So what if Ryan Colburn is a just game manager
I bet he just hates it. I would have to guess that he just doesn’t like hearing about himself this way.
Fresno State quarterback Ryan Colburn doesn’t want to be labeled as a game-managing quarterback. Given the choice, who wants to be the quarterback whose main job is to make sure things don’t get screwed up?
There are three general quarterback labels, and it’s obvious, no one wants to be a game manager.
I grew up watching Brett Favre when he was still playing on the Frozen Tundra. I wouldn’t consider myself a Favre fan, especially now, but I admire the gunslinger he is. Favre was and still is incredible theater to watch.
It was routine to see the now 40-year-old signal-caller throw a 14-yard pass across his body, off his back foot, into double coverage and actually pick up a first down on third down and 12.
To me, he defines a gunslinger. Favre made it really cool to throw those low percentage passes. And it was amusing to see if his coaches would get ulcers midway through the season.
The second quarterback category is much less flashy, but to a football fan, it is just as impressive to watch.
Peyton Manning, the purest quarterback in the NFL today, is the prototype precision passer. The guy is a football savant with a “laser-rocket” arm. If he were teaching a coaching football class at Indiana University in his spare time, it would be more difficult than calculus and require more study hours than molecular physics.
OK, so the guy understands football in a different way than most and has a mixture of arm strength and accuracy to put opposing defenses to bed.
The third, final and much less desirable category is the game manager. This is the guy with mediocre arm strength, decent field vision and is pretty streaky.
Oh, and in most cases, he is the best hander-offer you’ve ever seen. When the term game manager comes up, everyone always uses Trent Dilfer as an example.
Dilfer won Super Bowl XXXV with the Baltimore Ravens in 2001, and got none of the credit. The Ravens started the season with Tony Banks at the helm, eventually “settled” with Dilfer in the last 11 games of the year.
The 2000 Ravens had arguably the best and scariest defense the NFL has ever seen. All Dilfer had to do was … well, not screw things up and score about 14 points a game.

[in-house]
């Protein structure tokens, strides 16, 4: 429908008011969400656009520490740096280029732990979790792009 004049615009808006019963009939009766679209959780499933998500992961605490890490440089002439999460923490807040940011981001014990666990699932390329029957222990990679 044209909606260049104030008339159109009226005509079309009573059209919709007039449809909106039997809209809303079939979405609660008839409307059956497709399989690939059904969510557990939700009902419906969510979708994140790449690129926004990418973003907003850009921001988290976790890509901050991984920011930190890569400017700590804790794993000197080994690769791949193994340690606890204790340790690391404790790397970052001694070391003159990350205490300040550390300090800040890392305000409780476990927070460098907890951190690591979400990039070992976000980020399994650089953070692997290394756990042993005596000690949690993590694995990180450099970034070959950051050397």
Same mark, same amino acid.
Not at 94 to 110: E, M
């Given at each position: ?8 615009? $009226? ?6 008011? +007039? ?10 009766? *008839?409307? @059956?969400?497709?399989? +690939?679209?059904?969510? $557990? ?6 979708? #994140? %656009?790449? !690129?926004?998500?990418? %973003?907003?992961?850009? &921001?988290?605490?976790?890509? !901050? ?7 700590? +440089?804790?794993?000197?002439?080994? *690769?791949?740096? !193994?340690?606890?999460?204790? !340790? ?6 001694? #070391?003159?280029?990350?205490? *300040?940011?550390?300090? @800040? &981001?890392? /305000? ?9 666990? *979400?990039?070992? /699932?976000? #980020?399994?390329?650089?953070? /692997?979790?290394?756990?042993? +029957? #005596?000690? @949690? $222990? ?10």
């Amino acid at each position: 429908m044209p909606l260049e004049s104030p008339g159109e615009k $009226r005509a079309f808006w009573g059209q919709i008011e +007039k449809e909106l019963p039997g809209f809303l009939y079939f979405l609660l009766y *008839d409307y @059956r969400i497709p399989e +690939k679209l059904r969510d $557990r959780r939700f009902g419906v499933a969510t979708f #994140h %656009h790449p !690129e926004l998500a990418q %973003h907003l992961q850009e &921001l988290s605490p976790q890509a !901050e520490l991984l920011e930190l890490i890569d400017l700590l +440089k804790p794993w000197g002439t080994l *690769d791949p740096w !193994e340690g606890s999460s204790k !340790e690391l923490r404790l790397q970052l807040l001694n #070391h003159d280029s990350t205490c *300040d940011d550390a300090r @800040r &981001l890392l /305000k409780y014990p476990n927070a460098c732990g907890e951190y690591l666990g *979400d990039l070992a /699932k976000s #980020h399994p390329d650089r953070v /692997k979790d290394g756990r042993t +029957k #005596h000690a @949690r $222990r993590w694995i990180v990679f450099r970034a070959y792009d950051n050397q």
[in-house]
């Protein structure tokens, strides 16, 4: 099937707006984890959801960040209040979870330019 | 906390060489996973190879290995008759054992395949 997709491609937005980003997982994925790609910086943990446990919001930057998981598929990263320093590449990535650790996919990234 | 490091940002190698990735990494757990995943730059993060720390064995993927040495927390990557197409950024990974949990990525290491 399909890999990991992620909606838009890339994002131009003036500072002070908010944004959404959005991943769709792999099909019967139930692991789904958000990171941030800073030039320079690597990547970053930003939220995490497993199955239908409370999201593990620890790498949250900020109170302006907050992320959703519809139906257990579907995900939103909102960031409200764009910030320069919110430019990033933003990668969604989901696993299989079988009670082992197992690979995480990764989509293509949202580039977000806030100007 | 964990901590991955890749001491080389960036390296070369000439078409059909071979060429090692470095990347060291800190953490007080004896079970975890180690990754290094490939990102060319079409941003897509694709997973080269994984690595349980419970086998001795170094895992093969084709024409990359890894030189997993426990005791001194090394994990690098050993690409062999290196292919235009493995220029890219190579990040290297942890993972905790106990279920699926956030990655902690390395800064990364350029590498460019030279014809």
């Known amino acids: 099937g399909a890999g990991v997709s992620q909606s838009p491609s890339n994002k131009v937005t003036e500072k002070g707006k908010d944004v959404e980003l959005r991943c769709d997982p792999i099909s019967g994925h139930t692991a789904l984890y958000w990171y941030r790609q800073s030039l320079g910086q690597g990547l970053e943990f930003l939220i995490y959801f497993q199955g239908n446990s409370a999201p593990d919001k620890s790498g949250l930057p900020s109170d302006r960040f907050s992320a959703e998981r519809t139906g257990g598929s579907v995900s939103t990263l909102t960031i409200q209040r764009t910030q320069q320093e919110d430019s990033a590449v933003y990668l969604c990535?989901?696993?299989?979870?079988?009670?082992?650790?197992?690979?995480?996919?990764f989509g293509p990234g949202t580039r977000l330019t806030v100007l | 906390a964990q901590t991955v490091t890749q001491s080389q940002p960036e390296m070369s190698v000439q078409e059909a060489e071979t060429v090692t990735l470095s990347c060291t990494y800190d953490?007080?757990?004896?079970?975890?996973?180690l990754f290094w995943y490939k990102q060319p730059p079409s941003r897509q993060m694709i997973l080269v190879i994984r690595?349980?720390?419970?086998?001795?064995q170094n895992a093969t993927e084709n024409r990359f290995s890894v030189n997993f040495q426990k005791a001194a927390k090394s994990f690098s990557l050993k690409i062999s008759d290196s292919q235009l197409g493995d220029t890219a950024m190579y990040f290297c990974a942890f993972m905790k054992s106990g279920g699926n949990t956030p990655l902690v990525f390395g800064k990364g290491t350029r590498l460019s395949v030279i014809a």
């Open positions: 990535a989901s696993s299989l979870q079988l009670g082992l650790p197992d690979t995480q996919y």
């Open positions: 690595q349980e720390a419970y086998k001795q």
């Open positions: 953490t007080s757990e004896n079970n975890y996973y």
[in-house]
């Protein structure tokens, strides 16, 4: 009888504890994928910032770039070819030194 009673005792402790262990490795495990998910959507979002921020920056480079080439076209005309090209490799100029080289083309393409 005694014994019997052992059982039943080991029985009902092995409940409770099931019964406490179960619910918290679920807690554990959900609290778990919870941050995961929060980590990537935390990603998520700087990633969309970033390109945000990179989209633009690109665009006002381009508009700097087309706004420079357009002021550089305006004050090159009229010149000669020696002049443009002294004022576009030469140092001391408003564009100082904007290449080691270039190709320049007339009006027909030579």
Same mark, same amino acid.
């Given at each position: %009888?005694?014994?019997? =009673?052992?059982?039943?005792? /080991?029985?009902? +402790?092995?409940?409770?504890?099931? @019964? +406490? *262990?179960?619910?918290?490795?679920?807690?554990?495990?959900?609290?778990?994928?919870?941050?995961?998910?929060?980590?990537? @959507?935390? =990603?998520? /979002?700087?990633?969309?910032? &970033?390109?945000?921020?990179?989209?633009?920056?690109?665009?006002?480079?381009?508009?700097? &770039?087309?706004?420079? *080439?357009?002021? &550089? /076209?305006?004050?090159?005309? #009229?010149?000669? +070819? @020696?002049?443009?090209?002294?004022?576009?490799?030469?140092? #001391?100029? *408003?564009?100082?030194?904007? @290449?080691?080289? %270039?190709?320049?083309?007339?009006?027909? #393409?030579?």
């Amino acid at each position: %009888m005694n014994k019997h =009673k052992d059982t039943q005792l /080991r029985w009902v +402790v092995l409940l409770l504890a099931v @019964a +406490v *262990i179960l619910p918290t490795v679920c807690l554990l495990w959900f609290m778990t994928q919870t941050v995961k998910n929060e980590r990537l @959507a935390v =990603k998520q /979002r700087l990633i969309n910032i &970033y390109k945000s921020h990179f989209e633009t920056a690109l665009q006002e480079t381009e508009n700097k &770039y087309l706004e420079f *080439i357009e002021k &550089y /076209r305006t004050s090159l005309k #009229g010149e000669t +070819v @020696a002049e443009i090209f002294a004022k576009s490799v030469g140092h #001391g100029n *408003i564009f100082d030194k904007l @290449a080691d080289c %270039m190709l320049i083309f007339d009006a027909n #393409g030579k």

The three categories of quarterback are all so different. But even with their differences, not one has emerged as the best.
Favre, Manning and Dilfer, just like their quarterback categories, don’t share much in common. The one universal fact – all three have one Super Bowl title.
While it may be less desirable to be labeled as a game manger, it really isn’t the worst place to be. A game manager can win just as many games as a gunslinger or a precision passer.
Saturday night at the Kibbie Dome, Fresno State knocked off the Idaho Vandals and the ’Dogs’ game manager, Colburn, had a perfect game.
I don’t mean that he did a great job handing the ball off to tailback Ryan Mathews. And I don’t mean he avoided the costly turnover.
Colburn had a perfect game. The junior completed 100 percent of his passes to nine different receivers. Doesn’t get much more “precision” than that.
Colburn’s perfect completion percentage set a school record that Billy Volek, David Carr or Dilfer never reached. Colburn was the first quarterback to complete every single one of his passes in a game.
Colburn went 14-for-14 for 159 yards and one touchdown – a 218.97 passer rating. His current season passer rating, 150.44, ranks 11th this season in all of college football.
The Bulldogs’ offense is tenth in the nation in time of possession, keeping the ball for 32:40 a game. Colburn is running the offense with efficiency and keeping the defense off the field. He’s killing two birds with one shot – now that’s a gunslinger.
Colburn’s stats have been deceptively good since the Bulldogs’ rough start to the season. But the most important statistic of all – the Bulldogs have won five games in a row and are bowl-eligible with three games remaining.
So what if Colburn is labeled as a game-managing quarterback. As long as he keeps slinging the ball with precision and winning games, it doesn’t matter what they call him.
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